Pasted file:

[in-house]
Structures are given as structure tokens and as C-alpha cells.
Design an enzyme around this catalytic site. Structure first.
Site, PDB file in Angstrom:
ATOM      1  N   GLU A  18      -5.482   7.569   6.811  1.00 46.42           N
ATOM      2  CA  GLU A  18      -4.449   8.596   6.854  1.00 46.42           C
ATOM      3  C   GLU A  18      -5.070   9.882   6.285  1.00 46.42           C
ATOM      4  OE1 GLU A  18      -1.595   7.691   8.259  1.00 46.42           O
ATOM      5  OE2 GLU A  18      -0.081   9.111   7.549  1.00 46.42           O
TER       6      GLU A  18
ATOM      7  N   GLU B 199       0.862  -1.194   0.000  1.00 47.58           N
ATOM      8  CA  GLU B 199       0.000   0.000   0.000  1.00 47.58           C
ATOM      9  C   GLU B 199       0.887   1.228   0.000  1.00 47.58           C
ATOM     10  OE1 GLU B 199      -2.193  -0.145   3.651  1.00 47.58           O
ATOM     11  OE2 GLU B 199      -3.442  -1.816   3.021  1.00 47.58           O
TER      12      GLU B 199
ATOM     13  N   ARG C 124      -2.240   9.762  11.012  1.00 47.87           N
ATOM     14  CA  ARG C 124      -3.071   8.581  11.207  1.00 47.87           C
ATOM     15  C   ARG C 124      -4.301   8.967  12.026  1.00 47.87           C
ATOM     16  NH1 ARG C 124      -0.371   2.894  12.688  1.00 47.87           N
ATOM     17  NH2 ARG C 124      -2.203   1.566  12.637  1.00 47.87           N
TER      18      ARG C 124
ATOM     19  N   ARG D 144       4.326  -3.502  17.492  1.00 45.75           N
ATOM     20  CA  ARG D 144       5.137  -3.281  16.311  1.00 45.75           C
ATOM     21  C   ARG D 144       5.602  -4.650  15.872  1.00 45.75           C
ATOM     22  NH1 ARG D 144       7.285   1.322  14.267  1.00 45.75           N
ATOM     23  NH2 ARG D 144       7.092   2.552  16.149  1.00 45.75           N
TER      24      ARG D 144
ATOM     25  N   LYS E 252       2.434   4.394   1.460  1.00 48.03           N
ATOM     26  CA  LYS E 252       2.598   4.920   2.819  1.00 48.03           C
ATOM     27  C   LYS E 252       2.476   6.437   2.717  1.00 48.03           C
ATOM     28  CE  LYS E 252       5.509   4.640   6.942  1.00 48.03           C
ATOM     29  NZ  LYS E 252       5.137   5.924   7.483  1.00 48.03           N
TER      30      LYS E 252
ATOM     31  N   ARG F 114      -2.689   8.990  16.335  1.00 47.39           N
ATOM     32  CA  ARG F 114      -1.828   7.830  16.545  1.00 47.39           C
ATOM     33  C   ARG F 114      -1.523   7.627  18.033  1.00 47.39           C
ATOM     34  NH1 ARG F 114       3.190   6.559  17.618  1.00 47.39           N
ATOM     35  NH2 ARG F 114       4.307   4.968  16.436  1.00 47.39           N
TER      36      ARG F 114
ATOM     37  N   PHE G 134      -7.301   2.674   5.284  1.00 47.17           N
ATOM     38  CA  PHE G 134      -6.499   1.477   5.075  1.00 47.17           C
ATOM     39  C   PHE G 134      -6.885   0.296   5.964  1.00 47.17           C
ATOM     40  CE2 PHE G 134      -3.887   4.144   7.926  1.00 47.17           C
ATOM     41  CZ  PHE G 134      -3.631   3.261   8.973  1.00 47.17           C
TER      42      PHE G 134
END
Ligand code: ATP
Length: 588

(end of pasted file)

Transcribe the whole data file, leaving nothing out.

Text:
[in-house]
Structures are given as structure tokens and as C-alpha cells.
Design an enzyme around this catalytic site. Structure first.
Site, PDB file in Angstrom:
ATOM      1  N   GLU A  18      -5.482   7.569   6.811  1.00 46.42           N
ATOM      2  CA  GLU A  18      -4.449   8.596   6.854  1.00 46.42           C
ATOM      3  C   GLU A  18      -5.070   9.882   6.285  1.00 46.42           C
ATOM      4  OE1 GLU A  18      -1.595   7.691   8.259  1.00 46.42           O
ATOM      5  OE2 GLU A  18      -0.081   9.111   7.549  1.00 46.42           O
TER       6      GLU A  18
ATOM      7  N   GLU B 199       0.862  -1.194   0.000  1.00 47.58           N
ATOM      8  CA  GLU B 199       0.000   0.000   0.000  1.00 47.58           C
ATOM      9  C   GLU B 199       0.887   1.228   0.000  1.00 47.58           C
ATOM     10  OE1 GLU B 199      -2.193  -0.145   3.651  1.00 47.58           O
ATOM     11  OE2 GLU B 199      -3.442  -1.816   3.021  1.00 47.58           O
TER      12      GLU B 199
ATOM     13  N   ARG C 124      -2.240   9.762  11.012  1.00 47.87           N
ATOM     14  CA  ARG C 124      -3.071   8.581  11.207  1.00 47.87           C
ATOM     15  C   ARG C 124      -4.301   8.967  12.026  1.00 47.87           C
ATOM     16  NH1 ARG C 124      -0.371   2.894  12.688  1.00 47.87           N
ATOM     17  NH2 ARG C 124      -2.203   1.566  12.637  1.00 47.87           N
TER      18      ARG C 124
ATOM     19  N   ARG D 144       4.326  -3.502  17.492  1.00 45.75           N
ATOM     20  CA  ARG D 144       5.137  -3.281  16.311  1.00 45.75           C
ATOM     21  C   ARG D 144       5.602  -4.650  15.872  1.00 45.75           C
ATOM     22  NH1 ARG D 144       7.285   1.322  14.267  1.00 45.75           N
ATOM     23  NH2 ARG D 144       7.092   2.552  16.149  1.00 45.75           N
TER      24      ARG D 144
ATOM     25  N   LYS E 252       2.434   4.394   1.460  1.00 48.03           N
ATOM     26  CA  LYS E 252       2.598   4.920   2.819  1.00 48.03           C
ATOM     27  C   LYS E 252       2.476   6.437   2.717  1.00 48.03           C
ATOM     28  CE  LYS E 252       5.509   4.640   6.942  1.00 48.03           C
ATOM     29  NZ  LYS E 252       5.137   5.924   7.483  1.00 48.03           N
TER      30      LYS E 252
ATOM     31  N   ARG F 114      -2.689   8.990  16.335  1.00 47.39           N
ATOM     32  CA  ARG F 114      -1.828   7.830  16.545  1.00 47.39           C
ATOM     33  C   ARG F 114      -1.523   7.627  18.033  1.00 47.39           C
ATOM     34  NH1 ARG F 114       3.190   6.559  17.618  1.00 47.39           N
ATOM     35  NH2 ARG F 114       4.307   4.968  16.436  1.00 47.39           N
TER      36      ARG F 114
ATOM     37  N   PHE G 134      -7.301   2.674   5.284  1.00 47.17           N
ATOM     38  CA  PHE G 134      -6.499   1.477   5.075  1.00 47.17           C
ATOM     39  C   PHE G 134      -6.885   0.296   5.964  1.00 47.17           C
ATOM     40  CE2 PHE G 134      -3.887   4.144   7.926  1.00 47.17           C
ATOM     41  CZ  PHE G 134      -3.631   3.261   8.973  1.00 47.17           C
TER      42      PHE G 134
END
Ligand code: ATP
Length: 588